L300 Combination Switch.

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Growlerbearnz
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L300 Combination Switch.

Post by Growlerbearnz »

An addendum: the squarer contact develops a notch in the front edge where it runs into and over the button contacts on the PCB. If you turn the contact around, you'll get another 25 years of service out of it, and the switch will feel like new!
Switch1.JPG
Switch1.JPG (81.6 KiB) Viewed 2810 times
Here's the nasty old carriage (upper) and a clean one with the contact reversed (lower).
switch2.JPG
switch2.JPG (146.21 KiB) Viewed 2810 times
Nothing says "poor workmanship" more than wrinkles in the duct tape.
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Morganizer
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Vehicle: L300 Turbo Diesel Low Roof
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L300 Combination Switch.

Post by Morganizer »

On the way home my dash lights didn't go on when I turned on the headlights. Uh oh.

I checked the forum and found this post. Good info that if the dash lights don't go on and the tail lights don't go on, it's probably the Combination Switch. Followed Falco's post and got it working again. Here's what I'd like to add, based on what I did:

- Start by removing Horn 15A fuse. This prevents the horn from sounding while you're working on it, and makes sure there's no current supplied to it in case you *OUCH* Dang!...
- The screw for the horn is 'captive' -- don't turn and turn and turn waiting for it to fall on the carpet because it ain't gonna.
- Notice that even though the wire for the horn appears to be screwed on, it's a spade connector and you can just unplug it with your fingers, and set the horn aside. So it doesn't go flying when you pull the steering wheel off.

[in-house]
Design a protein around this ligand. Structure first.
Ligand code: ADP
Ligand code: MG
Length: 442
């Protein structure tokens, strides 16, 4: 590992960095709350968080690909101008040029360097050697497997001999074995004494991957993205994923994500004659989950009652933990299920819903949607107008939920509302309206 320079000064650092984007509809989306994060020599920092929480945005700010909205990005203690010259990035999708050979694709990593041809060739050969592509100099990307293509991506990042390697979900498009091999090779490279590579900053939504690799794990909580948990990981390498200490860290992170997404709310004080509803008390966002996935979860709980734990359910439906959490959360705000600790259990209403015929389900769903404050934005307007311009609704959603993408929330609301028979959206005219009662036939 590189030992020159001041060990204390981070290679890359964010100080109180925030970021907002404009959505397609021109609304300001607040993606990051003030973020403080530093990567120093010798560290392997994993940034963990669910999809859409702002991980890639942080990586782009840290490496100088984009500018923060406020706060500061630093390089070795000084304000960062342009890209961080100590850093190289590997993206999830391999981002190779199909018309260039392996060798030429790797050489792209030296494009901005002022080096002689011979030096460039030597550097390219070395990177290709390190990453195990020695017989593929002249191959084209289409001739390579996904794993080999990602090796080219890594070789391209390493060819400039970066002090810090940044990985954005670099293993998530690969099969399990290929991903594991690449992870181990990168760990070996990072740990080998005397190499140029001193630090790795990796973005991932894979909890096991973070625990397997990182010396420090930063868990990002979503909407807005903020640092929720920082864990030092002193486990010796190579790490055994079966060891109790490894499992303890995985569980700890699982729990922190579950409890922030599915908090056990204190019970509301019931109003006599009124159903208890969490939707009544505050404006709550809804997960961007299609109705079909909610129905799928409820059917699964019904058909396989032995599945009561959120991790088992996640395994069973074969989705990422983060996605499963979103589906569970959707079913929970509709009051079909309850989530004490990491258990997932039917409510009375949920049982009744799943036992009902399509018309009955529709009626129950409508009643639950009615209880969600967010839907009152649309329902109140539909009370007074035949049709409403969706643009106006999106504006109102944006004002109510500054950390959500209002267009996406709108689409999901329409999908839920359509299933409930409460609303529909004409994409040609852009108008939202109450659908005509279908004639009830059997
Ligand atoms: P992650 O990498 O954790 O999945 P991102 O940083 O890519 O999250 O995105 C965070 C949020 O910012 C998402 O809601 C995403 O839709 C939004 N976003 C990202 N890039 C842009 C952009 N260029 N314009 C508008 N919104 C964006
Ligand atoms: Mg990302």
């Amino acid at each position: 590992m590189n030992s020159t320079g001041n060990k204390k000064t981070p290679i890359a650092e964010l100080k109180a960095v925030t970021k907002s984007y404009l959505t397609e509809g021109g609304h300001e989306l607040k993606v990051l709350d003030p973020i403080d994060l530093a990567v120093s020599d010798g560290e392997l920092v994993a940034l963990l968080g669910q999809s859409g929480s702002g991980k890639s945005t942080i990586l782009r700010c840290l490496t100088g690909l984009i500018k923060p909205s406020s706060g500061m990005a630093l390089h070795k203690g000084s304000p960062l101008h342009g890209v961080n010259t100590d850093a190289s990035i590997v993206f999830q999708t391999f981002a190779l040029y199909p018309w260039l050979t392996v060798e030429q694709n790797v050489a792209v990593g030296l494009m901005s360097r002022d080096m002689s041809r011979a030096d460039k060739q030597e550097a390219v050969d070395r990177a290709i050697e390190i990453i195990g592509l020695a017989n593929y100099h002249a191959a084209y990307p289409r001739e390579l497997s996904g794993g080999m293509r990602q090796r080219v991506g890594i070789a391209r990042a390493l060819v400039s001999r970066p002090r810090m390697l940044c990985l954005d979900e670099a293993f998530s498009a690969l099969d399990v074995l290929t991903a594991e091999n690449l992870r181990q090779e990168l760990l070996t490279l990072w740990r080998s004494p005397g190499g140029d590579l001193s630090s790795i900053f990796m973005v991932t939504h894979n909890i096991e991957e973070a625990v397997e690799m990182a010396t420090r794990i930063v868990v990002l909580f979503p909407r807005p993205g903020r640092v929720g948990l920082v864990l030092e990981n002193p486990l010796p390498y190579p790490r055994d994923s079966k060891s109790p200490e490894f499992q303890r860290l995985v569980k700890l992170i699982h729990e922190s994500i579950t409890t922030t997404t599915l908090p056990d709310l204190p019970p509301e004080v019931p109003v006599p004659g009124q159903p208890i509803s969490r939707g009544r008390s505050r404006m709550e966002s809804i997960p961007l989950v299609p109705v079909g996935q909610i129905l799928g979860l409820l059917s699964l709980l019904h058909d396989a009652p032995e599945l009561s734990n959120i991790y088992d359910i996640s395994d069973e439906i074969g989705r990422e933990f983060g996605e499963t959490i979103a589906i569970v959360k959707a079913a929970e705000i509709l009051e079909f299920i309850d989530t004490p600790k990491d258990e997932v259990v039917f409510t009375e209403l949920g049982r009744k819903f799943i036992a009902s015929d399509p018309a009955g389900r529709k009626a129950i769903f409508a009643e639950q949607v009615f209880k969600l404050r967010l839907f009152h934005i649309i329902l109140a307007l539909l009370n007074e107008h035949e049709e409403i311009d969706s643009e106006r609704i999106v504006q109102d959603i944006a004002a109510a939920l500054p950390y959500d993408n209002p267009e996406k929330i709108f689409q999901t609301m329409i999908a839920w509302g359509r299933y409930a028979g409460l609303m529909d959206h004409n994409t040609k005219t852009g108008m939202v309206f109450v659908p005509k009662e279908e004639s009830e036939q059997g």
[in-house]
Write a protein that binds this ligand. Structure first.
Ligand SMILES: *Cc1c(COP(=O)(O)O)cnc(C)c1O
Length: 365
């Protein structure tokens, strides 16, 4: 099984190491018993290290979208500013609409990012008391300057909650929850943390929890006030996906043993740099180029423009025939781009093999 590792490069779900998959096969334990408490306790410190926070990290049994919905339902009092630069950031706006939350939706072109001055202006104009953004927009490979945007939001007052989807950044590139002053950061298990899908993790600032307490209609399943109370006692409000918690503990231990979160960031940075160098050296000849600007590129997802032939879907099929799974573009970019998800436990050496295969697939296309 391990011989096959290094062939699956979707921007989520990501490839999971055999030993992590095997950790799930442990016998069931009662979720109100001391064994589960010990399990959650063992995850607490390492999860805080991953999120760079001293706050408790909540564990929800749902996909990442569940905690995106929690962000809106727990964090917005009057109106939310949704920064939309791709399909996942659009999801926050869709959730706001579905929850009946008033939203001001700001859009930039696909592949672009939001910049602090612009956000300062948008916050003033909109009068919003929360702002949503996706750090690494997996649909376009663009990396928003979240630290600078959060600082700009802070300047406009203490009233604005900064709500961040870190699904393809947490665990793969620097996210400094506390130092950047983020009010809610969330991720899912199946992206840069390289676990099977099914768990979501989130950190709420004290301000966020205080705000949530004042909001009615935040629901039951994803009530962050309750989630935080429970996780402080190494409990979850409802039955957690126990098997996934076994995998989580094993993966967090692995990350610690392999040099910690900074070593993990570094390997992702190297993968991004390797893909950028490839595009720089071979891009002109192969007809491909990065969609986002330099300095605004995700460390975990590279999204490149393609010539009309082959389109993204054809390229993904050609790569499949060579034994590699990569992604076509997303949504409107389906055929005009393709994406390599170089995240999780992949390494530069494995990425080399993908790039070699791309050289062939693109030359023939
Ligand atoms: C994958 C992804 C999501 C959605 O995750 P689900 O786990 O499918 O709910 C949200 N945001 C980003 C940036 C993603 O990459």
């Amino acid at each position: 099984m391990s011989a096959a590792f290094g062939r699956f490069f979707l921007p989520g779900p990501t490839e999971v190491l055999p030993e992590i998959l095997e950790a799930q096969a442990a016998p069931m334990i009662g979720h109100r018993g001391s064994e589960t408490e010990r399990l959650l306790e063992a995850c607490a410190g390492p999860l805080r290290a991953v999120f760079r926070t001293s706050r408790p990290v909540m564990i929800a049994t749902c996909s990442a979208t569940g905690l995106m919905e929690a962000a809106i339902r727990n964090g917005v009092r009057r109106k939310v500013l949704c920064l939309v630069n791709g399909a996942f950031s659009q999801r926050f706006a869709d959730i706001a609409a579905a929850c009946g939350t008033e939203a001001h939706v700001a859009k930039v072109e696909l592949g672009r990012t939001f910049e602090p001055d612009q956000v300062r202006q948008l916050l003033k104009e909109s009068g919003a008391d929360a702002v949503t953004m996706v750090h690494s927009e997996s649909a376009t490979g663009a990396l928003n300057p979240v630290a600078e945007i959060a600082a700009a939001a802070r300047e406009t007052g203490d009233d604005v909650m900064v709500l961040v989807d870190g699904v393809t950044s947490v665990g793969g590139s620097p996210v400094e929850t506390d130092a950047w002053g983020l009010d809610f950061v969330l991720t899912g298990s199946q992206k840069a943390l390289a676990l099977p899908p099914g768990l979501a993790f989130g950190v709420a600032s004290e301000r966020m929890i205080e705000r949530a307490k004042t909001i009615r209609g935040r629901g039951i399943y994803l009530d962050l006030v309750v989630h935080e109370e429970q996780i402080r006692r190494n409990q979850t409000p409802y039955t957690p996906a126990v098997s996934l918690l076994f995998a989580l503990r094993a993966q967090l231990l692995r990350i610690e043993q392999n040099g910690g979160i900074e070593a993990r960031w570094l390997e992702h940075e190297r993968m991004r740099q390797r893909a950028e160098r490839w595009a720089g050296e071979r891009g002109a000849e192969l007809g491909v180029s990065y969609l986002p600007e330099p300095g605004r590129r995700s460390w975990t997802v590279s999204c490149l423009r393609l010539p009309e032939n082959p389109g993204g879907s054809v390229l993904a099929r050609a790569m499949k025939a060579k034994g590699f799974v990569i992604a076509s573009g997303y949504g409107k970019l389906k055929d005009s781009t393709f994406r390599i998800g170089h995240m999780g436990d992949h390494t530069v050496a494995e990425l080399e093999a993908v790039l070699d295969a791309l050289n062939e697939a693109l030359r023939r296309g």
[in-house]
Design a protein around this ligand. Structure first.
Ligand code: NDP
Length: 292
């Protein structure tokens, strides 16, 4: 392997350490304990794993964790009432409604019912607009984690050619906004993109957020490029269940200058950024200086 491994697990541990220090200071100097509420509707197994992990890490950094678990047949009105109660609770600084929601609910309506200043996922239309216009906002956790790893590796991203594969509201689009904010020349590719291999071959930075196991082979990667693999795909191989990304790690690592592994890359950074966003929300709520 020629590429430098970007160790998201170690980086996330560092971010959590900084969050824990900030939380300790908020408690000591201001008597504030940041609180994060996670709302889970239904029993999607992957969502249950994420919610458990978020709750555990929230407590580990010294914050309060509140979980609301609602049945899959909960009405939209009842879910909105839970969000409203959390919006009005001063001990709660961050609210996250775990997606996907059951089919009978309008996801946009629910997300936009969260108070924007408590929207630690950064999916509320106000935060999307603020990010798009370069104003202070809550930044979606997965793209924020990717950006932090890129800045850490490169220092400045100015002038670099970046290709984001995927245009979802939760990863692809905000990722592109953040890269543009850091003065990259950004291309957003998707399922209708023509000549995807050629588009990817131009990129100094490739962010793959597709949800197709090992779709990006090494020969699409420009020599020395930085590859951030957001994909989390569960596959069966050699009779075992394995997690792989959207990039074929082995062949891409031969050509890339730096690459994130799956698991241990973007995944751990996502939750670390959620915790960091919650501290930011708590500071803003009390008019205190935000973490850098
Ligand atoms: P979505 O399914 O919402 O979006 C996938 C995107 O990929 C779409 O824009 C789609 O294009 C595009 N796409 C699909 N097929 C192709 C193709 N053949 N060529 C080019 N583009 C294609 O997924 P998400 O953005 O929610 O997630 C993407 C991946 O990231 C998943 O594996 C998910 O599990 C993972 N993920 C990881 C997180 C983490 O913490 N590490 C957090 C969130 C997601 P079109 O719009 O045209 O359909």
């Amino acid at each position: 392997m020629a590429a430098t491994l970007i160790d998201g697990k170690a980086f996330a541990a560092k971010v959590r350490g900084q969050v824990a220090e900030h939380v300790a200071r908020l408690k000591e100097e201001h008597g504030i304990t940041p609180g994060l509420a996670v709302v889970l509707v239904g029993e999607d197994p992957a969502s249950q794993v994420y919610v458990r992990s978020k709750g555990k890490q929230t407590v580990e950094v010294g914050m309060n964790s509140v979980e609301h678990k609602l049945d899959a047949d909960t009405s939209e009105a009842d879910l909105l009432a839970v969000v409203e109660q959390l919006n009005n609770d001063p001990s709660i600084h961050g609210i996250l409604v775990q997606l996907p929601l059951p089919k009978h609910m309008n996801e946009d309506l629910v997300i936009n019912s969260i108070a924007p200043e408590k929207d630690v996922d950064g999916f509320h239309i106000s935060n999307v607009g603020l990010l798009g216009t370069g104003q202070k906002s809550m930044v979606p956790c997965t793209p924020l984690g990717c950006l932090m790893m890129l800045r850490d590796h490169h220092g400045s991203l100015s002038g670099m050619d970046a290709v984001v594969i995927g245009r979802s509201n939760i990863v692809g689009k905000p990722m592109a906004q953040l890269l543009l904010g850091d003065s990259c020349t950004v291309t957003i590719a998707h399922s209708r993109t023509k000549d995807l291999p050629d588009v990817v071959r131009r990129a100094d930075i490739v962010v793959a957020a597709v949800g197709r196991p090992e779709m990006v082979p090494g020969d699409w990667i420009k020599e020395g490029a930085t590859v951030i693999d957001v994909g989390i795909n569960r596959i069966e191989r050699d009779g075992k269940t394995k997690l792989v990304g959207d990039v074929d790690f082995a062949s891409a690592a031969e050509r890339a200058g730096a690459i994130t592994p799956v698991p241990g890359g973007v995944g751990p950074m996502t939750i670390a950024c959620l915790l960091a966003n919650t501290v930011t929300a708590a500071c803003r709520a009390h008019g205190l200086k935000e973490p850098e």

- Unplug the wiring harness for the Combination Switch. Just follow down the steering column, and it's the big one. Don't unplug the small one, because if you do, the "door ajar" beeper will sound continuously...the whole time you're working on it. Unplugging the harness ensures there is no current that will flow in the switch in case you *OUCH* Dang! Not again...
- Remove the harness from the car and do the rest in good light on a workbench, if you have the luxury. Cable ties are the un-doable/re-doable kind, just pry the little release tab, and you can put them back on after.
- A brass scratch brush and some Scotch Brite do a great job of cleaning the contacts.
- Make note of the position of control stocks and reassemble switch with them in the same position as when you took it apart. I think this one, you get away with it, but but this is good general practice with these things.
- On the workbench, stack wooden blocks to support the Combination Switch, so you can work on the back without the control stocks keeping it from laying flat.
- The plastic ring that cancels the turn signals when the steering wheel turns. One of the three pins has a little arrow pointing to it. Make note of its orientation (?!) when you take the wheel off, so you can put it back the same way. I think it goes to the right, opposite the mechanism it trips to shut the blinkers off <-- CONFIRMED!. I'll know next time I drive if I'm out to lunch on that one. [it worked so well, I kept forgetting I was supposed to be testing something that had been taken apart] It would be nice if they had a matching arrow on the steering wheel. You could draw one with the same pen you used to mark the spline. What you didn't?! Uh oh...

While I had the Combination Switch on the workbench, I figured the Turn Signal switch and Wiper switch are going to start acting up soon, so may as well take it apart and clean those too. Sure enough, it was filthy in there, cleaned it all up. Got the whole thing back together and the right turn signal didn't work! The copper contact for the signals is held into the plastic slider it's in (which mercifully only fits in the track one way) by a little tab in each end. Push in on that, and you can remove the contact for better cleaning and to stretch the spring, as someone else recommended on this thread. Did that and reassembled it all and now I'll get that warm, fuzzy feeling every time I use the Combination Switch.

Also note in Falco's post, he's wearing nitrile gloves. That's a good idea. I kept thinking, "It's electronics, it's nice clean work." But I went through a lot of Gojo. Those parts get pretty grubby. Hence the need to clean the contacts...
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